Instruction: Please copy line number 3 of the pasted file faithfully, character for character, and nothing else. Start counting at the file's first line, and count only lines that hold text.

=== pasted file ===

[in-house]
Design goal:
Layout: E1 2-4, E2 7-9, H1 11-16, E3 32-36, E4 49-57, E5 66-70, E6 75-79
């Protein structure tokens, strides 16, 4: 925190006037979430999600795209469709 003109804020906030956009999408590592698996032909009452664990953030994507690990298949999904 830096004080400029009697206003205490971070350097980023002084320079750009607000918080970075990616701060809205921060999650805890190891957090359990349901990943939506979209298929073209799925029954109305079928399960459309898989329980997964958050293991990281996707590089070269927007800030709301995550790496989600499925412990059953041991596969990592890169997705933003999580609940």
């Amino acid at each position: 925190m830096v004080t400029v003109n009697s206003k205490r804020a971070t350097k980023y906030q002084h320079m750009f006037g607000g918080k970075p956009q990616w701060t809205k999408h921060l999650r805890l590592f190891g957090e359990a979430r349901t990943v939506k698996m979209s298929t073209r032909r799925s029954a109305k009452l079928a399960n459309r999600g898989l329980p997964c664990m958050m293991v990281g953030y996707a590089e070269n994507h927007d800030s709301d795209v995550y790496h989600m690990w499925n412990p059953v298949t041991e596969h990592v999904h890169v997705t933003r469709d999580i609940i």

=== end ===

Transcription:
Layout: E1 2-4, E2 7-9, H1 11-16, E3 32-36, E4 49-57, E5 66-70, E6 75-79